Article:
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A gold nugget (small, compact chunk).


Uncertain. Possibly from a rebracketed alteration of an ingot as a ni(n)got. Alternatively, likely a diminutive of dialectal nug (lump, block) +‎ -et.


  • enPR: nŭg'ət, IPA(key): /ˈnʌɡət/
  • (file)


nugget (countable and uncountable, plural nuggets)

  1. (countable) A small, compact chunk or clump.
    a gold nugget
    • 1887, Harriet W. Daly, Digging, Squatting, and Pioneering Life in the Northern Territory of South Australia, page 146:
      Rough men brought pickle bottles full of nuggets. Mysterious dirty-looking calico bags were opened, disclosing small quantities of water-worn flaky gold, which had been washed out of the beds of rivers with a cradle.
  2. (countable) A chicken nugget.
    • 2014, Laurie David, The Family Cooks:
      By now, we hope you have said “no” to processed nuggets and fingers. Instead, how about taking some real chicken, tossing it with real eggs, a little tangy mustard, and a crunchy quinoa coating?
  3. (countable) A tidbit of something valuable.
    a nugget of wisdom
    a nugget of truth
    • 2023 July 10, Zachary Woolfe, “Review: Ted Hearne’s Sweet, Sad American Elegy”, in The New York Times[1]:
      As he has in superb works like “The Source” (based on the Afghanistan war logs leaked by Chelsea Manning) and “Sound From the Bench” (which set excerpts from Supreme Court proceedings), Hearne takes these found-text nuggets and gives them music that moves from lushly meditative to frenetic and obsessively repetitive []
  4. (countable) A small piece of tasty food, a tidbit.
  5. (uncountable) A type of boot polish.
  6. (countable) A bud from the Cannabis sativa plant, especially one that is potent.
  7. (countable, slang) An inexperienced, newly trained fighter pilot.
    • 2009, Nick Scipio, Nereids[2]:
      Jack stifled a smirk at the ensign's expressionless non-reaction. He'd been a nugget himself once, the new guy fresh from training.
  8. (computing theory) A partial description gleaned from data mining.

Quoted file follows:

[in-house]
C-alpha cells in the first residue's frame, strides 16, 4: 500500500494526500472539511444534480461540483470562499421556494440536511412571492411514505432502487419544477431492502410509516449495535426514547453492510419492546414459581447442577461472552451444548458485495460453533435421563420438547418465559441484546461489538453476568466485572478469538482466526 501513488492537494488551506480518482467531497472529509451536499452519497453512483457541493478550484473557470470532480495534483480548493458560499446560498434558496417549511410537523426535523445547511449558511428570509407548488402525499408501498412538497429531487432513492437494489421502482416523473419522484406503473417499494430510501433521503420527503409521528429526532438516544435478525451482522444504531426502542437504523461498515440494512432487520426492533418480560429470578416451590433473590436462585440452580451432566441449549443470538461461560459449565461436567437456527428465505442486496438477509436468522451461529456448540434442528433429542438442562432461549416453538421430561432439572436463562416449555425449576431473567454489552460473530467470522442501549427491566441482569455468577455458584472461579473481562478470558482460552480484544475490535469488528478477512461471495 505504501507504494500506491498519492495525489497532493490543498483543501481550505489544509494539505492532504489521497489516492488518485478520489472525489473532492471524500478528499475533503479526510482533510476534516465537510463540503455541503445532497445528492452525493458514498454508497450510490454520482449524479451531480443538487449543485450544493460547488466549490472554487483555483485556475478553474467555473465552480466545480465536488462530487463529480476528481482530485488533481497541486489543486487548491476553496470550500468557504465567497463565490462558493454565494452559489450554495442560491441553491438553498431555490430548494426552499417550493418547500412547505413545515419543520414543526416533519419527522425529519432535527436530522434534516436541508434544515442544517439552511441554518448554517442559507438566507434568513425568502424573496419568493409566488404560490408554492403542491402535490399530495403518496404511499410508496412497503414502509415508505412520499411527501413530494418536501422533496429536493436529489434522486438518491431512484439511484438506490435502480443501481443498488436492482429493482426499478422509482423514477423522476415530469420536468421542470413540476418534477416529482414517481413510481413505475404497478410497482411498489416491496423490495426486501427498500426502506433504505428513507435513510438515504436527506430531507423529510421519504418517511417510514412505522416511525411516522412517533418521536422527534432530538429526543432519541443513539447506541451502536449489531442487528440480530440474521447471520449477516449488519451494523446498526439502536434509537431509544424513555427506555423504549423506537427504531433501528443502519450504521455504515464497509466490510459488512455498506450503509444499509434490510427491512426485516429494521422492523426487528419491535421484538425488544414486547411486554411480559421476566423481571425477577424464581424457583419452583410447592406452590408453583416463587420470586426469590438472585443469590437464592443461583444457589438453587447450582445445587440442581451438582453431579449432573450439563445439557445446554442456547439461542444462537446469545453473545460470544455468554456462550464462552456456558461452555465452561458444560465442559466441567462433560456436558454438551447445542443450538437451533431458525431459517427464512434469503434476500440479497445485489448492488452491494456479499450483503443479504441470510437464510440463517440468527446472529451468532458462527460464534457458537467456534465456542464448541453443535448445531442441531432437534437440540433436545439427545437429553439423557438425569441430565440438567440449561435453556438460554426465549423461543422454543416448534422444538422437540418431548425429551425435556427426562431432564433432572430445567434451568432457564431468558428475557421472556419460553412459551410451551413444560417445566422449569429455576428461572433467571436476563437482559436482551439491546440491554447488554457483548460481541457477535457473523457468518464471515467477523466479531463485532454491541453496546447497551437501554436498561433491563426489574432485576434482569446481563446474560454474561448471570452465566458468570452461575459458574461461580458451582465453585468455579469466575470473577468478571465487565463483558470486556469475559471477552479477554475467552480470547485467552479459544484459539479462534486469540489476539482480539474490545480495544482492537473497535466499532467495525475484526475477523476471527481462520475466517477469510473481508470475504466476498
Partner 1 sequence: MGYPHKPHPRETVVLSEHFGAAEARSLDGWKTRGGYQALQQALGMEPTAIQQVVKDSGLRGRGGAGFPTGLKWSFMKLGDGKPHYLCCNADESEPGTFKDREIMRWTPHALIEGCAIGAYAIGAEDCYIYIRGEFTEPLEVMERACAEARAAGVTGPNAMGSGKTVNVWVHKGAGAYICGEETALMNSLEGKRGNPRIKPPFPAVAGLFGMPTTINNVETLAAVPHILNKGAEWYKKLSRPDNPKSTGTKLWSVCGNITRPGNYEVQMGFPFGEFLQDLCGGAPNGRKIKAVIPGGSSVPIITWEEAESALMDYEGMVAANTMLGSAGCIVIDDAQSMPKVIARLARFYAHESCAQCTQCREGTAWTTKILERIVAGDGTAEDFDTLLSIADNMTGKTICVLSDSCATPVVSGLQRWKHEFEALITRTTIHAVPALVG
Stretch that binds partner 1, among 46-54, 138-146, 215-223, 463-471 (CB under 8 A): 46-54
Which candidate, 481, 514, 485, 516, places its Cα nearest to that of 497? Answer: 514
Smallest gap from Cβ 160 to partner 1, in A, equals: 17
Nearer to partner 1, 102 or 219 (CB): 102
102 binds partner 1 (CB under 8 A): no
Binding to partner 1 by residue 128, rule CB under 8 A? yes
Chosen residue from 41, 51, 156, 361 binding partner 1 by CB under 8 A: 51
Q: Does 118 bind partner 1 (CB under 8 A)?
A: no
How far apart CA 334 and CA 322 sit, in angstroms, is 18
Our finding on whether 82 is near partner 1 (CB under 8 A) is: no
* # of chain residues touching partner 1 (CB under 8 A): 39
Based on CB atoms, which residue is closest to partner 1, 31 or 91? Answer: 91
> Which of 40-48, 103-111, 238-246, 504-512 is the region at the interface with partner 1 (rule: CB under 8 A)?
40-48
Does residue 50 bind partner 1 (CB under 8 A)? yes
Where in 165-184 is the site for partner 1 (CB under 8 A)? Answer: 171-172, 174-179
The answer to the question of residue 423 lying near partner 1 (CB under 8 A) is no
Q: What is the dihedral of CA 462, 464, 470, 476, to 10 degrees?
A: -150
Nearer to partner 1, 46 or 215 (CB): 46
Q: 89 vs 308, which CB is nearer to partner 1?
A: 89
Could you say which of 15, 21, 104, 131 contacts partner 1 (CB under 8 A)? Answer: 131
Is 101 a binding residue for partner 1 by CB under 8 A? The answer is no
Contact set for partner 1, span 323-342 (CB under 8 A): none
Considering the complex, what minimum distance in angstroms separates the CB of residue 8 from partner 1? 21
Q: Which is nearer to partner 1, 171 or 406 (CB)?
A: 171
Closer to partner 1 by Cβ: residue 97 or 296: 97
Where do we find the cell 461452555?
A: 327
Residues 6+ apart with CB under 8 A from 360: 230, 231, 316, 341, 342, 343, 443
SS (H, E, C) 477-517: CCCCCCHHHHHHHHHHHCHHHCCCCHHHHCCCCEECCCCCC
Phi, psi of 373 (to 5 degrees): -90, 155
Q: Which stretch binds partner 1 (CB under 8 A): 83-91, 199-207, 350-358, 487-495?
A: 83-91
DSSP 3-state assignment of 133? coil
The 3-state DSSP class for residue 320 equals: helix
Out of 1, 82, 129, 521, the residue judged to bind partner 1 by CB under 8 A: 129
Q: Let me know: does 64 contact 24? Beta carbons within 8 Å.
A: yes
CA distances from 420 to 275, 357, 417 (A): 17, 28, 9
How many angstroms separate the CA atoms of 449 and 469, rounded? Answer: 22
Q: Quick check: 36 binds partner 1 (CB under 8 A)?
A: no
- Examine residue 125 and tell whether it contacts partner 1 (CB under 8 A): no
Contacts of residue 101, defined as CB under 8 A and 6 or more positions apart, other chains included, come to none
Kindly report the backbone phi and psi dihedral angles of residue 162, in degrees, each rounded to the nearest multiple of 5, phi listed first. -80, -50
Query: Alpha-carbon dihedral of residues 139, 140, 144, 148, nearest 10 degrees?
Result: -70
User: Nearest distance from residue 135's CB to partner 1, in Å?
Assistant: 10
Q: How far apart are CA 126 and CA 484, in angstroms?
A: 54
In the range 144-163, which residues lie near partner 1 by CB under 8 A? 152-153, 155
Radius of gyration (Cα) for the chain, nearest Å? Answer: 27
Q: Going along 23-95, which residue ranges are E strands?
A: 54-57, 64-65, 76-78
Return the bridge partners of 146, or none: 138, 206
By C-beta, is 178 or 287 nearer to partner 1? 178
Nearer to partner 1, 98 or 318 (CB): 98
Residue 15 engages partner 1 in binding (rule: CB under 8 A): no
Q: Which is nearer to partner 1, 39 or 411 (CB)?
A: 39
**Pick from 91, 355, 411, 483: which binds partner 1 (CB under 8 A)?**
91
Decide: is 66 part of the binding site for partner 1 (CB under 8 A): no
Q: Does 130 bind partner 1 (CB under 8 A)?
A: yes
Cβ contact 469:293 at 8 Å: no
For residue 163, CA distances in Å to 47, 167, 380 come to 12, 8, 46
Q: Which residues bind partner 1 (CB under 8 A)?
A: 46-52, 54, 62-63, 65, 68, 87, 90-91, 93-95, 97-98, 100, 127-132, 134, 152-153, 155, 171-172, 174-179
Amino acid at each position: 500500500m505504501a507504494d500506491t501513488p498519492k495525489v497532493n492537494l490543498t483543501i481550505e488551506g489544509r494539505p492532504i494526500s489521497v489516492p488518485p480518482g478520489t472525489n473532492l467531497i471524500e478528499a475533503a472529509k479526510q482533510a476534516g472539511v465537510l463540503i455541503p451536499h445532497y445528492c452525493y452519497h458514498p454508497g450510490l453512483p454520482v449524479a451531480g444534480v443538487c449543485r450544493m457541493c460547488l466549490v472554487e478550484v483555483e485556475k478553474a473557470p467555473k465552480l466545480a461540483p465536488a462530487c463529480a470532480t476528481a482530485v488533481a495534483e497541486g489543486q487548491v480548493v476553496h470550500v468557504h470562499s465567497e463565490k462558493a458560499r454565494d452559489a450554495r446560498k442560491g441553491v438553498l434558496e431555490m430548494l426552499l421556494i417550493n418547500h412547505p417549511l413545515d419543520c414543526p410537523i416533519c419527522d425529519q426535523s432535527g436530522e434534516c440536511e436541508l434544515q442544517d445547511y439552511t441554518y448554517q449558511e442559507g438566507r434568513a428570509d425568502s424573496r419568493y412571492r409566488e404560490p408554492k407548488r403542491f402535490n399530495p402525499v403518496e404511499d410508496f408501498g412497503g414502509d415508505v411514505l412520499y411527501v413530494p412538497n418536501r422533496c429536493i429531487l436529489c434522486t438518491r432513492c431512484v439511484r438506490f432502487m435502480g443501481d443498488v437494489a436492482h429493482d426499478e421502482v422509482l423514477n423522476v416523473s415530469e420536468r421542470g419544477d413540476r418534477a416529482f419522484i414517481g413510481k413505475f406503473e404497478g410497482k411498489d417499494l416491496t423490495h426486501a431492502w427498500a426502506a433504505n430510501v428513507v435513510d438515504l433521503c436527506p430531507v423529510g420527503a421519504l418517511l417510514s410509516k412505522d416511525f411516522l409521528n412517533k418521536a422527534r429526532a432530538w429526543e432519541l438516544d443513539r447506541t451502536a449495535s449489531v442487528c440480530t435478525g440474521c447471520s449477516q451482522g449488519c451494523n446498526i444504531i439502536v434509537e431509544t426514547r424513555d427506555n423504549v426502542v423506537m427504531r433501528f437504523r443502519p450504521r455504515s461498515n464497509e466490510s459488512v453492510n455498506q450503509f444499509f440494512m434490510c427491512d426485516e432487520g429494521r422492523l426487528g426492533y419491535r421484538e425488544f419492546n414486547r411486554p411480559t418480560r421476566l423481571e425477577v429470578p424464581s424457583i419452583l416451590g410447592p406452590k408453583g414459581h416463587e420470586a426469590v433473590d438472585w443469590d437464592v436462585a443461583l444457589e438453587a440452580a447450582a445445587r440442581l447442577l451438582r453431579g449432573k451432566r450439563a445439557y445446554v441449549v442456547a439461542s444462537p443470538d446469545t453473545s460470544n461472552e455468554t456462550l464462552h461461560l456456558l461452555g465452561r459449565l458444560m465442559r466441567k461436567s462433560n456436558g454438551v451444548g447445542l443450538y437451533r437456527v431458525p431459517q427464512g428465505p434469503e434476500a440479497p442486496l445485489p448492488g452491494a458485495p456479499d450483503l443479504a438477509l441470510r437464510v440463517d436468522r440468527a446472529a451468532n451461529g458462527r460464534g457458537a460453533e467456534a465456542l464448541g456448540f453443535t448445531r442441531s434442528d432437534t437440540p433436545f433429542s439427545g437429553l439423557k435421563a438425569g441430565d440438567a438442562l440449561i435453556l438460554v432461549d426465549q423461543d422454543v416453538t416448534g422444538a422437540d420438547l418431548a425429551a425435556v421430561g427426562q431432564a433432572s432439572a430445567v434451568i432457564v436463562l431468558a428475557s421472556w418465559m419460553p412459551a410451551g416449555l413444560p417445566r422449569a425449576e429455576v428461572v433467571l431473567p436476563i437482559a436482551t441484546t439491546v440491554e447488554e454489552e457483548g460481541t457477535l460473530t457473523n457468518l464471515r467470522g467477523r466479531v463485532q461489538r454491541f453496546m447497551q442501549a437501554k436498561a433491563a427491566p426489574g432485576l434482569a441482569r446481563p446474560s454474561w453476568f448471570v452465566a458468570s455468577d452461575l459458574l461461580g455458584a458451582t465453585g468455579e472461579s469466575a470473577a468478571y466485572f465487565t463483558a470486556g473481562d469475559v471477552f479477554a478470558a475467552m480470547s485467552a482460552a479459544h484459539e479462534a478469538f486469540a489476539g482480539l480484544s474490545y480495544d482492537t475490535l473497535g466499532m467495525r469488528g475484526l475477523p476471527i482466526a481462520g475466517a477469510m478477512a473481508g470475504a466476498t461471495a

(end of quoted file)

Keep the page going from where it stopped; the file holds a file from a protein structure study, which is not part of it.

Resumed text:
• 2002, Data Mining: A Heuristic Approach, (Please provide the book title or journal name), page 93:
      We have previously said that the heuristic algorithms produce good nuggets for most classes and most λ values []
  9. (slang, countable) A person with no arms or legs; a basket case.
  10. (Australia, slang, countable) An item that is typically old and of dubious quality or poor condition.

Derived terms[edit]


  • Portuguese: nugget



nugget (third-person singular simple present nuggets, present participle nuggetting, simple past and past participle nuggetted)

  1. To find nuggets (of something valuable)
    • 1852, James Bonwick, Notes of a Gold Digger: and Gold Digger's Guide, Melbourne: R. Connebee, page 8:
      The other day, you are told, a fellow nuggetted ten or twenty pounds weight, and, of course, you see no reason why half a hundred weight might not be lying snugly ensconced awaiting the revelations of your pick.
  2. (slang, Australia, New Zealand) To smear a male's genitals or anus with boot polish or similar substance against his will.
    • 2014 June 17, Helen Davidson, “Blackballing and blanket beatings: decades of abuse at defence training school revealed”, in The Guardian[3], →ISSN:
      Among the complaints to Dart, “blackballing” or “nuggetting” was the most common form of sexual abuse carried out by recruits, and referred to a boy being forcibly held down “while boot polish, toothpaste or another substance was forcibly smeared on his genitals or anal area, sometimes with a hard brush.”

Further reading[edit]


Fast food chicken nuggets from McDonald's.


Unadapted borrowing from English nugget.




nugget m (plural nuggets)

  1. chicken nugget


For quotations using this term, see Citations:nugget.


Swedish Wikipedia has an article on:
Wikipedia sv


Borrowed from English nugget.


nugget c

  1. a gold nugget
  2. a nugget (food product, for example a chicken nugget)